LIPA Substation Dry After Sandy, but Rockaways Could Wait Weeks for Power

By Joe Parziale on November 4, 2012 12:42pm 

 A power facility in Far Rockaway is protected by sandbags on Monday October 29th, 2012.
A power facility in Far Rockaway is protected by sandbags on Monday October 29th, 2012.
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DNAinfo/Theodore Parisienne

FAR ROCKAWAY — Long Island Power Authority workers finished draining several feet of water on Friday at a substation that serves the Rockaway peninsula, officials said — the first step in what could be a long outage for the devastated stretch of Queens waterfront.

A LIPA official working at the Far Rockaway site said Monday's hurricane dumped over three feet of water into the station, damaging equipment that now needs to be replaced or repaired before the agency can begin restoring power to homes from Far Rockaway to Breezy Point.

"You're looking at a few days before we can get even this equipment up and running," the official said. "We're just now seeing (the station) dried out for the first time."

The station, which was mostly dry except for a few small puddles, had several pumps running out into the street, and was being serviced by several LIPA workers along with crews from a private contractor and National Grid.

The LIPA official could not offer a timeline for any restorations, but did not rule out that it could take up to a month to get power to all areas.

Residents from Belle Harbor to Far Rockaway, meanwhile, are demanding answers about when they might see light again.

"We were told seven to 10 days," said D'Angelo Scotts, 44, of Rockaway Beach. "You ask now, four days later, and you're told seven to 10 days. I think it's just the default answer until they actually have any idea what they're talking about."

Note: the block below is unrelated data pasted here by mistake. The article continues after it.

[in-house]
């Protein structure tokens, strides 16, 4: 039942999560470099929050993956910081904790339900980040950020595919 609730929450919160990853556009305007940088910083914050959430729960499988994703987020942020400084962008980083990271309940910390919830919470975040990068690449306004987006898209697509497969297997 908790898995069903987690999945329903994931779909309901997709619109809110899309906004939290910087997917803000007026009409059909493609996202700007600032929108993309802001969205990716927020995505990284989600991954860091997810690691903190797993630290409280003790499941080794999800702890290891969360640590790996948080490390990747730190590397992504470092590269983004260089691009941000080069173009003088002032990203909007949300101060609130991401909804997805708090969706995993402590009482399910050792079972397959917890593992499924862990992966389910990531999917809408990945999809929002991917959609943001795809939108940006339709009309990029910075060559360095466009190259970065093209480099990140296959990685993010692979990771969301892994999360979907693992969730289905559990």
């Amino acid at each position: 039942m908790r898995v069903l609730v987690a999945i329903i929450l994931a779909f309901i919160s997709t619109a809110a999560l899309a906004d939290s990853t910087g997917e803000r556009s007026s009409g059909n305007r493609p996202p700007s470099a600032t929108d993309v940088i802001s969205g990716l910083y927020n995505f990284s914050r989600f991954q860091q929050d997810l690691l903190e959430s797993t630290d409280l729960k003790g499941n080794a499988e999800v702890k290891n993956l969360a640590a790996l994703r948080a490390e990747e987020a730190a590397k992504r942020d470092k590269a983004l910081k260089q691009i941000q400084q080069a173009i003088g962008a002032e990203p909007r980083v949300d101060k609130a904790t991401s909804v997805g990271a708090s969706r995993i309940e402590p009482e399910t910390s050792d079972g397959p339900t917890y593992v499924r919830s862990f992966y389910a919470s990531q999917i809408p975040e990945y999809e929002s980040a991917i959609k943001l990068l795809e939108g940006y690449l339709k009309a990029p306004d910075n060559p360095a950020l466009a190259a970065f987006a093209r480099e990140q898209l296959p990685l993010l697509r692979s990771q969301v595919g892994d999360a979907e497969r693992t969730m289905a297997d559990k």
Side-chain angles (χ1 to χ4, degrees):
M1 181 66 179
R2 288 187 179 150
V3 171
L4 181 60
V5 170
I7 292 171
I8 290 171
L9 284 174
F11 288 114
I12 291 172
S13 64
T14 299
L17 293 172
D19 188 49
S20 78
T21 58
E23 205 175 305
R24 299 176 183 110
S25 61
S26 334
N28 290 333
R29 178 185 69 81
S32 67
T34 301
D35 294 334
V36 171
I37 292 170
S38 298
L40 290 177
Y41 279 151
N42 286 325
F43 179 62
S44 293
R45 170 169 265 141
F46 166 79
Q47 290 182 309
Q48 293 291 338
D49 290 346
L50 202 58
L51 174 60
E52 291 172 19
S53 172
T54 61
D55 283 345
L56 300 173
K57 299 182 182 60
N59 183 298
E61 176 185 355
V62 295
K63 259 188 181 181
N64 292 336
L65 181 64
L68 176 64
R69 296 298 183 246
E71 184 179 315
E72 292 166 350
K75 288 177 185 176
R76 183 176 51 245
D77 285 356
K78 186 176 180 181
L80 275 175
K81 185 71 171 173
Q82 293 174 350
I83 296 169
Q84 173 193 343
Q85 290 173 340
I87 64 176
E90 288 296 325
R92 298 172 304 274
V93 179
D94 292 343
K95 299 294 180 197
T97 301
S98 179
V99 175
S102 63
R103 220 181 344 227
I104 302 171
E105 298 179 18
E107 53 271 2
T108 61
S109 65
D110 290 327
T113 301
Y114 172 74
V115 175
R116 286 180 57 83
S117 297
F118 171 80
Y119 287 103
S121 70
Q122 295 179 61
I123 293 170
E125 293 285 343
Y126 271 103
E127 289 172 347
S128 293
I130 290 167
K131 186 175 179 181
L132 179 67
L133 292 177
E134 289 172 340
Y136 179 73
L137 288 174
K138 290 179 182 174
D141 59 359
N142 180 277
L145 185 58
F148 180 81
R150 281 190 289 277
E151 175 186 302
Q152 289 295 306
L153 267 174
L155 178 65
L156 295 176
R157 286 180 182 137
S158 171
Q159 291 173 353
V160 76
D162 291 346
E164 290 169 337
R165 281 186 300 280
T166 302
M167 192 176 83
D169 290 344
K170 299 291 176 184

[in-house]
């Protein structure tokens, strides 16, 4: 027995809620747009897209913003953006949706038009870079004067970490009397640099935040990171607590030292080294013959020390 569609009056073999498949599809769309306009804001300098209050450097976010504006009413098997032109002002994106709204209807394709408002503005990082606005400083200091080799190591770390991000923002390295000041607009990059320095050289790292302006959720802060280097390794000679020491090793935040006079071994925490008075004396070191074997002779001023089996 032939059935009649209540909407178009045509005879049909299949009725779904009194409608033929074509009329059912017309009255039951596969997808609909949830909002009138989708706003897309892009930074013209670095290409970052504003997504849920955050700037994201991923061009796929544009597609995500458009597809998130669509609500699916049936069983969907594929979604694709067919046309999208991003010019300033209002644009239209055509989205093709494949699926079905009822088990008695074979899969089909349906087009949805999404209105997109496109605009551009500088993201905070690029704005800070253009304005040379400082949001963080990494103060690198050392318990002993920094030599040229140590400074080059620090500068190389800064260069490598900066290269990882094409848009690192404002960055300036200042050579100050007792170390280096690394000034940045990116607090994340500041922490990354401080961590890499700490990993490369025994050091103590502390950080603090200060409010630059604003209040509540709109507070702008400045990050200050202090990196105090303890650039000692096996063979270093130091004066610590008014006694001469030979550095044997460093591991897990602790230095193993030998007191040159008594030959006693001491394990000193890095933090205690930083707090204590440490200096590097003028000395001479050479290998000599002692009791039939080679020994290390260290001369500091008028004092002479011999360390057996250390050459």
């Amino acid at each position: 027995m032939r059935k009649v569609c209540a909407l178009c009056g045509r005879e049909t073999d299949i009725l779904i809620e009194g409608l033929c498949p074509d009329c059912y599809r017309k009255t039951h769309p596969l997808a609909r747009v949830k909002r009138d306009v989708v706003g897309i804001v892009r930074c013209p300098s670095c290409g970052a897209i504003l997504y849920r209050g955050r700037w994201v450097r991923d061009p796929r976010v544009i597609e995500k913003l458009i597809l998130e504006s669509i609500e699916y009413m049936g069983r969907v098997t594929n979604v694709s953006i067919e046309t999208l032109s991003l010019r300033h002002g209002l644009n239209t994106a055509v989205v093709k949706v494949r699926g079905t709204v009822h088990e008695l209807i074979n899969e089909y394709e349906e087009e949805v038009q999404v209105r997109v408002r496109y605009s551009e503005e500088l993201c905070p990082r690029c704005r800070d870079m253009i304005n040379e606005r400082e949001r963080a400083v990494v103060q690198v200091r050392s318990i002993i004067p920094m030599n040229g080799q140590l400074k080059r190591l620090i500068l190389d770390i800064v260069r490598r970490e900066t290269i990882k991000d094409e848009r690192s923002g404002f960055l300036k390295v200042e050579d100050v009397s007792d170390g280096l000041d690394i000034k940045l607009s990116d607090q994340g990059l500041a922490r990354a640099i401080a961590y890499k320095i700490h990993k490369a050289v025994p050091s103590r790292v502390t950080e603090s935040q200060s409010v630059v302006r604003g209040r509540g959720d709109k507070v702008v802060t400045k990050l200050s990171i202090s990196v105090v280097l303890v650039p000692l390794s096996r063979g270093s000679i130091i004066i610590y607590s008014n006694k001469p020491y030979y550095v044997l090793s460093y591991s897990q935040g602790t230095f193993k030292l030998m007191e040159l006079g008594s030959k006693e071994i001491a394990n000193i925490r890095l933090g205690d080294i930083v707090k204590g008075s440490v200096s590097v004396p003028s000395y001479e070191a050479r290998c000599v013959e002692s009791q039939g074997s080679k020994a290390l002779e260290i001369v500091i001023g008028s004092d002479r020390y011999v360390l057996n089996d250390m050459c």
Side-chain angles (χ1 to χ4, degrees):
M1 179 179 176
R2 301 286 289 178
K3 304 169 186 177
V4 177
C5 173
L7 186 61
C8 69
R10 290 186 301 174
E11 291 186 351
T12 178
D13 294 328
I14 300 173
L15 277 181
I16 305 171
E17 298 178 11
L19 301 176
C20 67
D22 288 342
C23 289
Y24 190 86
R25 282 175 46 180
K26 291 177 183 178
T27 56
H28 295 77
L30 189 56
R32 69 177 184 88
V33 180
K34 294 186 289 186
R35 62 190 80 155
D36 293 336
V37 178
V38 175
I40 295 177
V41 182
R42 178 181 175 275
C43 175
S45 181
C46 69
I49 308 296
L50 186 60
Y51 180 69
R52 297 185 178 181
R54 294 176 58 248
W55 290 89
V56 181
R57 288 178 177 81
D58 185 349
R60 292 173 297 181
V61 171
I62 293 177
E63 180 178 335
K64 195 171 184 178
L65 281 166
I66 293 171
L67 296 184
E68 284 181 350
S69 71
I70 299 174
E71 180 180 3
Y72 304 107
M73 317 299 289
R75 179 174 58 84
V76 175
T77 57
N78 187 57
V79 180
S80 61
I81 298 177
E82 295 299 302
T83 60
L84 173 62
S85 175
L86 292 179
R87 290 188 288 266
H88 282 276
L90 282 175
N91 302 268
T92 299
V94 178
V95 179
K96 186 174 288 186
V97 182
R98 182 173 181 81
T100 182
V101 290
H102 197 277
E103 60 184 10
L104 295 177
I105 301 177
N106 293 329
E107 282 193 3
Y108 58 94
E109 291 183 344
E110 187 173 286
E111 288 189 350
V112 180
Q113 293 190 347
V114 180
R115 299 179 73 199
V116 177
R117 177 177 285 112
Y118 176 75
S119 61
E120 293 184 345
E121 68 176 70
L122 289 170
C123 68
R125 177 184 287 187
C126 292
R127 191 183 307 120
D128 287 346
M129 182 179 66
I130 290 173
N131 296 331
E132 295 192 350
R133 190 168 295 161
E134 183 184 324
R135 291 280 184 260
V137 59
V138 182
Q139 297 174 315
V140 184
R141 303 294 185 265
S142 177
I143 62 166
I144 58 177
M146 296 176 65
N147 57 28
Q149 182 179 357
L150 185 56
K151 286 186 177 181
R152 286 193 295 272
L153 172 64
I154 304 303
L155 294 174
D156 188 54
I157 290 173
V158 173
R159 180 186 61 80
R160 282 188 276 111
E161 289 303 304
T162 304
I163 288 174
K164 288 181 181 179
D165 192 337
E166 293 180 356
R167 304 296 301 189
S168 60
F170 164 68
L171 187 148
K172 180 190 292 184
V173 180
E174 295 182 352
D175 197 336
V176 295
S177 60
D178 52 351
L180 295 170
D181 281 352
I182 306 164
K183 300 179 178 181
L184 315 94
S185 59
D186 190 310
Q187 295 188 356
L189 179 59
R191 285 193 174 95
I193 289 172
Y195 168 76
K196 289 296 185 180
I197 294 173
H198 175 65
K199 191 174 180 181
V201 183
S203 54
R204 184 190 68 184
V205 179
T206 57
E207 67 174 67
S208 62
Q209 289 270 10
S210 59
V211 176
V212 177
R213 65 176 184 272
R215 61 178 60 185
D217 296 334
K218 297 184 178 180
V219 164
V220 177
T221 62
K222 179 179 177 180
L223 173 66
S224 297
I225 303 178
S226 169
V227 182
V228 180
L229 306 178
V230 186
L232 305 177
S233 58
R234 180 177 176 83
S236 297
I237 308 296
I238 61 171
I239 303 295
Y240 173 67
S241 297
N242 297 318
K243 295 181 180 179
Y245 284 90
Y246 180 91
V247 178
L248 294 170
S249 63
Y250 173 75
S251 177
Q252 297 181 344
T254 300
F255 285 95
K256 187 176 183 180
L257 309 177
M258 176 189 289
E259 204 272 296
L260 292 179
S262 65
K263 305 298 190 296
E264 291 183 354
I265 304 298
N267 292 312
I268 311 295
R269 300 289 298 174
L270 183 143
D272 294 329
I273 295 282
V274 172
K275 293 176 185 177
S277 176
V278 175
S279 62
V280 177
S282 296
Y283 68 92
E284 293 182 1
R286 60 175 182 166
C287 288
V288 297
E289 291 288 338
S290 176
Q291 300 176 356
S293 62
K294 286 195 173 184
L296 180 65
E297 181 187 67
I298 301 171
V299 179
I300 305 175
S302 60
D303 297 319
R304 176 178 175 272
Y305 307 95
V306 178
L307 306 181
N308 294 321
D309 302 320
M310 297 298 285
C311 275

Scotts, like many others crowding the small sidewalk generators provided by the city to charge up phones, said he plans on throwing throwing away his next bill from the Long Island Power Authority.

"What would people be paying for?" asked Allen Rosenberg, 64. "If anything, they should be giving us money for all the spoiled food it's cost us."

Gov. Cuomo, speaking at a press briefing Friday, pressured utilities companies to hasten restoration efforts in the outer boroughs and suburbs rather than focusing solely on Manhattan.

“I grew up in a place called Queens," Cuomo said. "There's a place called Staten Island. There's a place called Westchester. I'm going to remind them every day — maybe twice a day, now that I think about it.”

Some Rockaways residents said the combination of cold homes, lack of adequate hygiene, and increased street crime after dark would be too much to bear for much longer.

"A month?" asked DeShawn Jones, 20, of Far Rockaway when told of the potential wait time. "In a month, this place will be a third-world country."

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